Stay up to date on the latest opinion, analysis and conversations through social media. Join us at Facebook/CNNOpinion and follow us @CNNOpinion on Twitter. We welcome your ideas and comments.



Beekeepers have expensive controls for mites, viruses and the intestinal disease, and when appropriately applied, those can curb the worst of these problems to an acceptable level -- if the bees are healthy to begin with.

With humans, if we get too little sleep, have a poor diet, and take on too much pressure, our stress levels rise and we succumb to ailments our otherwise healthy immune system could easily handle. And we get sick.

So it is with the bees. Their world is overrun with stress.

Riding on trucks affects their ability to produce food the young need. Varroa damage shortens their lives by double-digit percentage points. And the viruses subtract more days of being a bee. Throw in the intestine-eating disease and their fragile lives grow still shorter. And don't forget the compounds that beekeepers must use to keep Varroa from overrunning a colony. They are killing a bug on a bug. Our honeybees are surrounded on all sides by the means to their own end.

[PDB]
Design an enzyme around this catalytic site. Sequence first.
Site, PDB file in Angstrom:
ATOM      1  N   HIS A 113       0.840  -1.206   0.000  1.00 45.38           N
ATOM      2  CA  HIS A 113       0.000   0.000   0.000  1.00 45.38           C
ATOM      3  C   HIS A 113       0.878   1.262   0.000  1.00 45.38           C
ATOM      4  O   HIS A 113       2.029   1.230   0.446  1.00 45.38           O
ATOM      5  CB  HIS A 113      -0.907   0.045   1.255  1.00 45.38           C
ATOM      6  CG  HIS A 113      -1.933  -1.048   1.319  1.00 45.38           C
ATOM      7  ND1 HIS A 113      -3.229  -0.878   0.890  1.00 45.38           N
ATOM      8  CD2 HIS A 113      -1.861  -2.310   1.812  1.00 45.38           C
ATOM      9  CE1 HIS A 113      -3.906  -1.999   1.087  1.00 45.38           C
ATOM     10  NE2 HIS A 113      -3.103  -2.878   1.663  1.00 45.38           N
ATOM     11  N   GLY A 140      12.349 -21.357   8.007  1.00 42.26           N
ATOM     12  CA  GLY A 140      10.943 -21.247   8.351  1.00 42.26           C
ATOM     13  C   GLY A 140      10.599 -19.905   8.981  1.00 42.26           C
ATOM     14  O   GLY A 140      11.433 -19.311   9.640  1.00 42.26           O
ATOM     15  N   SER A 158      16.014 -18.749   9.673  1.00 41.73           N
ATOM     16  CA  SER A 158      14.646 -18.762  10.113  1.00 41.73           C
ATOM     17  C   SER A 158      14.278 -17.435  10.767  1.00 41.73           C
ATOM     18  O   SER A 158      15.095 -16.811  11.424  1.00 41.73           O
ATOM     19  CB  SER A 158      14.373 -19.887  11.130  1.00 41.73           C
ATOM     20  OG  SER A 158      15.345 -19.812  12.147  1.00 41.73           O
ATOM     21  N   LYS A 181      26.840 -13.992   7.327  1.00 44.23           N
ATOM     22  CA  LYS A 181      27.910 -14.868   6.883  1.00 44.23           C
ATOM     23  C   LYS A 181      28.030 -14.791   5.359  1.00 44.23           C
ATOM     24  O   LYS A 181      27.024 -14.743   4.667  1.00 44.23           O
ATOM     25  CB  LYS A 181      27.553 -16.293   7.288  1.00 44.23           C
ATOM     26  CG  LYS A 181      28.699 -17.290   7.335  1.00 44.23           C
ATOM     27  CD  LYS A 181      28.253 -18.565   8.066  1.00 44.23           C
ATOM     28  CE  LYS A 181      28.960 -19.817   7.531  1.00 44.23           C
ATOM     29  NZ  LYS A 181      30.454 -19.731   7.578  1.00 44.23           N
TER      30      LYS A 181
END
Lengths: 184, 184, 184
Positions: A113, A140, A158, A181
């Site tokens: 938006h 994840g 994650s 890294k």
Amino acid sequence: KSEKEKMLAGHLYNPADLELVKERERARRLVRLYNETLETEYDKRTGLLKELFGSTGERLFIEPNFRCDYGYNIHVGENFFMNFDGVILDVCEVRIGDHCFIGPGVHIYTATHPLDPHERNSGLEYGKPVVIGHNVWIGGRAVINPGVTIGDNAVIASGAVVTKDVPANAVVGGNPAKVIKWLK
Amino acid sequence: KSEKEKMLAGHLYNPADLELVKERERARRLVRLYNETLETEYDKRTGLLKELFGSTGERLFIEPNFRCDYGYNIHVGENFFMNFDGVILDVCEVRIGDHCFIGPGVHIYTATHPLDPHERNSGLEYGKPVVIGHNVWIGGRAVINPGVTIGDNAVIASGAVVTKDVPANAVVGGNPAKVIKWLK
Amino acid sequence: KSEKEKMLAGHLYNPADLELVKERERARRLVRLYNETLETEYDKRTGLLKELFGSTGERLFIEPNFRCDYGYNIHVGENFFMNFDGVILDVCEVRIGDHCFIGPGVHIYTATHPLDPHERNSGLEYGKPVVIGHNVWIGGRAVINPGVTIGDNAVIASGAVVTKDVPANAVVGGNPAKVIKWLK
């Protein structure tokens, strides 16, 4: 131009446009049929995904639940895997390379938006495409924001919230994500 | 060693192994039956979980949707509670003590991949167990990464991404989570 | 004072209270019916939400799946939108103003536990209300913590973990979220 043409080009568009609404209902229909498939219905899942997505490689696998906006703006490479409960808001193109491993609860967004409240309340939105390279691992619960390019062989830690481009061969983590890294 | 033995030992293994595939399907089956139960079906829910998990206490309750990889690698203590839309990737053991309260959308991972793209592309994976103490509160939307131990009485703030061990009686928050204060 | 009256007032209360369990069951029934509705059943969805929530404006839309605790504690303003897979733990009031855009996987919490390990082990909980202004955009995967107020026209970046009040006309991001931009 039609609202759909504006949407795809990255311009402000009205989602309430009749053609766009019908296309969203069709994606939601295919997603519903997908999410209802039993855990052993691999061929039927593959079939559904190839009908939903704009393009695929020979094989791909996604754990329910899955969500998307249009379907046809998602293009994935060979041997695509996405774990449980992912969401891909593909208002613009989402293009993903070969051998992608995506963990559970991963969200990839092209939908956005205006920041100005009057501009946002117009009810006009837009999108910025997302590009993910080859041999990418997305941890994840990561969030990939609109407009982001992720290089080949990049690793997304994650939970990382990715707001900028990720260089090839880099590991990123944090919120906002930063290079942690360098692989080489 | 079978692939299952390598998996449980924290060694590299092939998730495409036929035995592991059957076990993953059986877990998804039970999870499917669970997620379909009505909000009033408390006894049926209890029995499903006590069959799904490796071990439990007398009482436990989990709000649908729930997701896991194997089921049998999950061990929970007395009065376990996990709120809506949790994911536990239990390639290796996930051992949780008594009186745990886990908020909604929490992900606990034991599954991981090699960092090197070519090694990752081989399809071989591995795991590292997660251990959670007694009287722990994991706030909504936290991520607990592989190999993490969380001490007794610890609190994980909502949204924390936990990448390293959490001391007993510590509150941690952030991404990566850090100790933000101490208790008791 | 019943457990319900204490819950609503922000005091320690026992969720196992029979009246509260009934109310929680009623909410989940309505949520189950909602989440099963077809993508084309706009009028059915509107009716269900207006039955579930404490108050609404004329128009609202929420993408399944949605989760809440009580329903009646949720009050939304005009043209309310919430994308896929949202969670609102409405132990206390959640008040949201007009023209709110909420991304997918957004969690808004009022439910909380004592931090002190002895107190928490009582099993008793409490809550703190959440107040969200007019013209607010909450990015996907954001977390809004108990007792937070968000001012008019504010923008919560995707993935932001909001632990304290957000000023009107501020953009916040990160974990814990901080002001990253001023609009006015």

But by my reckoning, it's the stress that neither the bees nor the beekeepers have control over that is a major issue.

To thrive, any organism needs to be 100% strong, and that begins with a healthy diet. Beekeepers have a saying: Enough good food in the right place at the right time and your bees will be healthy, wealthy and wise. Basically, the food system in this country for honeybees is broken, and it needs fixing.

The Plains states, the Midwest, the Mountain States -- all were once a gastronomic paradise for honeybees. Millions of acres of Conservation Reserve Land bloomed, supplying a healthy mix of blossoms to thousands of honeybee colonies.